- Year 2023
- NSF Noyce Award # 2151023
- First Name Gregory
- Last Name Chamblee
- Discipline Chemistry, Life Sciences, Mathematics, Physics
Amanda Townley, Tuyin An, Denise Carroll
In the first year of implementation, the team worked diligently to recruit scholars for the project, successfully signing one scholar in the first cycle. Despite our intensive recruiting effort, the enrollment of the Noyce Scholars remains low due to multifaceted reasons, such as the general downtrend in enrollment of Mathematics/Science majors, parents’ concerns, the current HOPE and Zell Miller Scholarships covering full tuition for potential scholars, the attractiveness of higher paying non-teaching jobs, foreseeable challenges in teaching at high-needs schools, the availability of openings for mathematics and science teachers prior to obtaining a secondary teaching credential, etc.
In what ways can we increase the Noyce Scholar enrollment and teacher certification for high-needs school districts? How can we support and mentor scholars in our Noyce program?
We moved program admission on a rolling acceptance to maximize the number of scholars obtained. Some seminar and program course schedules were modified to accommodate the current single scholar’s learning needs.
For the next step, we plan to redesign the dissemination of the scholarship funds, diversify the candidate source and program terminal degrees, expand recruiting partnerships, and collect feedback on scholar candidate decision-making. Contact with several other individuals has expanded our recruitment efforts and highlighted a common concern among potential scholars–completion of the entry-level dual degree rather than the higher-certification MAT degree in education for scholars that have already obtained a BS in their content area.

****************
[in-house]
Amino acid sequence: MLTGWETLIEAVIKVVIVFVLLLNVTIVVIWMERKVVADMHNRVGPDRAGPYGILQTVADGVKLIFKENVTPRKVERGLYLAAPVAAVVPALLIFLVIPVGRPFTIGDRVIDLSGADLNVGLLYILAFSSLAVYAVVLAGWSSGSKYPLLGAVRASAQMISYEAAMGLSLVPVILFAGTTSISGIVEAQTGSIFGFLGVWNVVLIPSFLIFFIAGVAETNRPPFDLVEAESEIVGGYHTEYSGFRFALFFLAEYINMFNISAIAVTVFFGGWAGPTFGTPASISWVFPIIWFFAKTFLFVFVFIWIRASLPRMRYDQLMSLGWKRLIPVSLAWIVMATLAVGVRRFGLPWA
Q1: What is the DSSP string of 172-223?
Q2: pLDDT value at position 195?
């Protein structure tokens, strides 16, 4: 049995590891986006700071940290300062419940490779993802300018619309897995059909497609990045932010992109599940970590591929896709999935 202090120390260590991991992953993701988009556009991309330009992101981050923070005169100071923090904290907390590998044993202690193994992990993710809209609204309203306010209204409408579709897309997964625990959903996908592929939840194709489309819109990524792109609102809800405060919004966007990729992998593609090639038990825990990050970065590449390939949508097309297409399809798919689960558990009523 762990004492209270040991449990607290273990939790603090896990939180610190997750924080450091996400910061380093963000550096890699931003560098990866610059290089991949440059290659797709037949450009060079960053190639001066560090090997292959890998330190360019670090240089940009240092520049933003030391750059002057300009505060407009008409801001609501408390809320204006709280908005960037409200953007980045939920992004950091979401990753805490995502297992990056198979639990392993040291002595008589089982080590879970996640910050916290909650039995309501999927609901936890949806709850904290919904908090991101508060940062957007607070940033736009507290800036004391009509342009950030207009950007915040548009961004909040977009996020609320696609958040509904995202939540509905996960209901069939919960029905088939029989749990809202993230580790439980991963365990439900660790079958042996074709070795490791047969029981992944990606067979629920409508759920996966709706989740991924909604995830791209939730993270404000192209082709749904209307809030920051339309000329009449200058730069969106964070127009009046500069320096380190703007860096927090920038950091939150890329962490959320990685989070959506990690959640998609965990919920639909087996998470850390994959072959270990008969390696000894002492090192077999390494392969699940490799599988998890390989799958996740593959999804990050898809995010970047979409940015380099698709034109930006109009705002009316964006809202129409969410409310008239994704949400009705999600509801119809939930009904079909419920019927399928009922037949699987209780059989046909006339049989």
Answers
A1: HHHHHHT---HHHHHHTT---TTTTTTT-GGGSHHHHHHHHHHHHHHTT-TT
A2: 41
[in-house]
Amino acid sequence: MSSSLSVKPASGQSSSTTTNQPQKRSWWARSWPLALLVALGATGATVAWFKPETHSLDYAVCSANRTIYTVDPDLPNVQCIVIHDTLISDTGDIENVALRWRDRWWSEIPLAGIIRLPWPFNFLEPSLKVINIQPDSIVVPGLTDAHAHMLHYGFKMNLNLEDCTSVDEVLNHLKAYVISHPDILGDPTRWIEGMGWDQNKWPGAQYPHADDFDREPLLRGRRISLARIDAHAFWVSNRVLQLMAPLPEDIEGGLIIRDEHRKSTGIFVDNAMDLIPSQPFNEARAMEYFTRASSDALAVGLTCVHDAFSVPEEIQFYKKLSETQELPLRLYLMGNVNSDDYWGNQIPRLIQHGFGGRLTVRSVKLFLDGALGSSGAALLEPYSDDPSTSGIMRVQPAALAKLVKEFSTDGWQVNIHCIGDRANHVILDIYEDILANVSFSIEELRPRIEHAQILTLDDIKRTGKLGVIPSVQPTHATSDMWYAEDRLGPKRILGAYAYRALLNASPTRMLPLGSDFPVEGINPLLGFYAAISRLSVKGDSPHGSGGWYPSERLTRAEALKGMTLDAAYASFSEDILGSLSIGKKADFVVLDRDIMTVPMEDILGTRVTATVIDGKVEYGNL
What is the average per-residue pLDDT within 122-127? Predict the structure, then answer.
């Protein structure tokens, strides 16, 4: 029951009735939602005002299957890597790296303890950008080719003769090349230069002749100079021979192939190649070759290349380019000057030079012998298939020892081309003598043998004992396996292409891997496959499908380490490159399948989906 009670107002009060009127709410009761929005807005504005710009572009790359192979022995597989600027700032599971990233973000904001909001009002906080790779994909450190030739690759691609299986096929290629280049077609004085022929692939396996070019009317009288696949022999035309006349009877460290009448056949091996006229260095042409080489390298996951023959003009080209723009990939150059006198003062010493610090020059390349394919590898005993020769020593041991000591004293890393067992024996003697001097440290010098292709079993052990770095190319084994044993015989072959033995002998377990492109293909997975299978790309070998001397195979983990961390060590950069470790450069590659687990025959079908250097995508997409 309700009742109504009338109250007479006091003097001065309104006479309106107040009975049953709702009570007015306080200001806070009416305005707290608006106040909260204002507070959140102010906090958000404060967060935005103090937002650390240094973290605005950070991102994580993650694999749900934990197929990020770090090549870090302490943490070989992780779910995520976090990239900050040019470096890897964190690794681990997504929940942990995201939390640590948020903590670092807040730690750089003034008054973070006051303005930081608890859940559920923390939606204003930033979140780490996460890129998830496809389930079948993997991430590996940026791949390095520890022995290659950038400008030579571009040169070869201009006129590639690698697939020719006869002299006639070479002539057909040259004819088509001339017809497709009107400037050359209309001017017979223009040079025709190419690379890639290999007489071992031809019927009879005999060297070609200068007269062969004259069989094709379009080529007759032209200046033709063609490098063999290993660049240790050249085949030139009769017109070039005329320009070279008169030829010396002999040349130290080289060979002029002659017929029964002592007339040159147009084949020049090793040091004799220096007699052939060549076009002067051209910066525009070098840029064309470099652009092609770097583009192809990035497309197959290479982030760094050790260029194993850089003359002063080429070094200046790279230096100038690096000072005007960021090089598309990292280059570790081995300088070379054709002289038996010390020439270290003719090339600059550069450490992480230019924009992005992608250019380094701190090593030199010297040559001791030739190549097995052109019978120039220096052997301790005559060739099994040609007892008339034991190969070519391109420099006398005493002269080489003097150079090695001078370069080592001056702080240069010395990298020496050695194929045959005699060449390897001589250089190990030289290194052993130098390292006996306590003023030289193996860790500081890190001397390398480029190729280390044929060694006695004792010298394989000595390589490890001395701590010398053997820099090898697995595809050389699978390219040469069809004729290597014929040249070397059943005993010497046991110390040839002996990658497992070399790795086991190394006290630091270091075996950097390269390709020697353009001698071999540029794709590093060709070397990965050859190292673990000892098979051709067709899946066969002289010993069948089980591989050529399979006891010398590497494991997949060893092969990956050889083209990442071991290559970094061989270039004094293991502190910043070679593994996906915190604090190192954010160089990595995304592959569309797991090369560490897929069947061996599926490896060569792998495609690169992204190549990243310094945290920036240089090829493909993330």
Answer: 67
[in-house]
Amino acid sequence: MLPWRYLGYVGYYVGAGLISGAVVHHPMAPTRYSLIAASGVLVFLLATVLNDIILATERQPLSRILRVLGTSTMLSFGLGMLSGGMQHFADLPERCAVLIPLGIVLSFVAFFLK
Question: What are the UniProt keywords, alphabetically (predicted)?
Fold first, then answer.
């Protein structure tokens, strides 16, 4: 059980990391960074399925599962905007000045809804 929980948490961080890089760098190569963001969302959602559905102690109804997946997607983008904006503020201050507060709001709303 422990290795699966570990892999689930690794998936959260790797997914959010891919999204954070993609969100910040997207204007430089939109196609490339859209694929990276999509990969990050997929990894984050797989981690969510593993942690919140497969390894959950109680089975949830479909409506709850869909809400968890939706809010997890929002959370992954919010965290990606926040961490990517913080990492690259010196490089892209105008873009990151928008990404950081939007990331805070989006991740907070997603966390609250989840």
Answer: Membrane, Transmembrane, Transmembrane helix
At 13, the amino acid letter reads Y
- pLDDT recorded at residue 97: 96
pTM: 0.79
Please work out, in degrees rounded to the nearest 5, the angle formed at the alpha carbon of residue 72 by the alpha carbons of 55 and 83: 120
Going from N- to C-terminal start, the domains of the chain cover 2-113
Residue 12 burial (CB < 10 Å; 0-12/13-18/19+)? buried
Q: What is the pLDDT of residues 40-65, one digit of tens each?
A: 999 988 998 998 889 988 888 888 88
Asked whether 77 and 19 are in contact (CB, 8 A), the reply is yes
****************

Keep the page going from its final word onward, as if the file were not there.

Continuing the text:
We successfully recruited one Georgia Southern University (GS) Robert Noyce Teacher Scholar and one freshman intern in the first semester of Year 1. Under the program mentorship, the scholar has participated in state-level STEM and regional and national Robert Noyce conferences. In addition to taking content courses in mathematics and mathematics education, the scholar has completed a sequence of program seminars focused on Problem-Based Learning. The internship student has participated in the Science Olympiad Competition, STEM Community STEM Days, and multiple other STEM field experiences. Our next steps are focused on recruitment, as previously mentioned, and include an additional pathway for potential scholars who have already obtained a BS in a STEM field to become certified.
Our Noyce Scholarship project is aimed at (1) recruiting freshman and sophomore students STEM majors into teacher education (2) providing support for initial teacher training and certification in STEM fields; and (3) mentoring scholars as new teachers in high-needs school districts. In southeast Georgia, where Georgia Southern University (GS) is located, there has consistently been over 200 secondary mathematics and science openings over the past several academic years, but Southeastern Georgia universities have only certified approximately seventy-five (75) secondary mathematics teachers and eighty (80) secondary science teachers during this time. This leaves a need for highly qualified educators in a region with historically persistent poverty counties, where most districts are designated as high-need districts. Our program aims at increasing the number and quality of secondary teachers in STEM fields for high-needs school districts in the southeastern Georgia region. For the next step, we will continue to support and mentor our Noyce scholar and STEM fields internship students. We also plan to redesign the dissemination of the scholarship funds, diversify the candidate source and program terminal degrees, expand recruiting partnerships, and collect feedback on scholar candidate decision-making.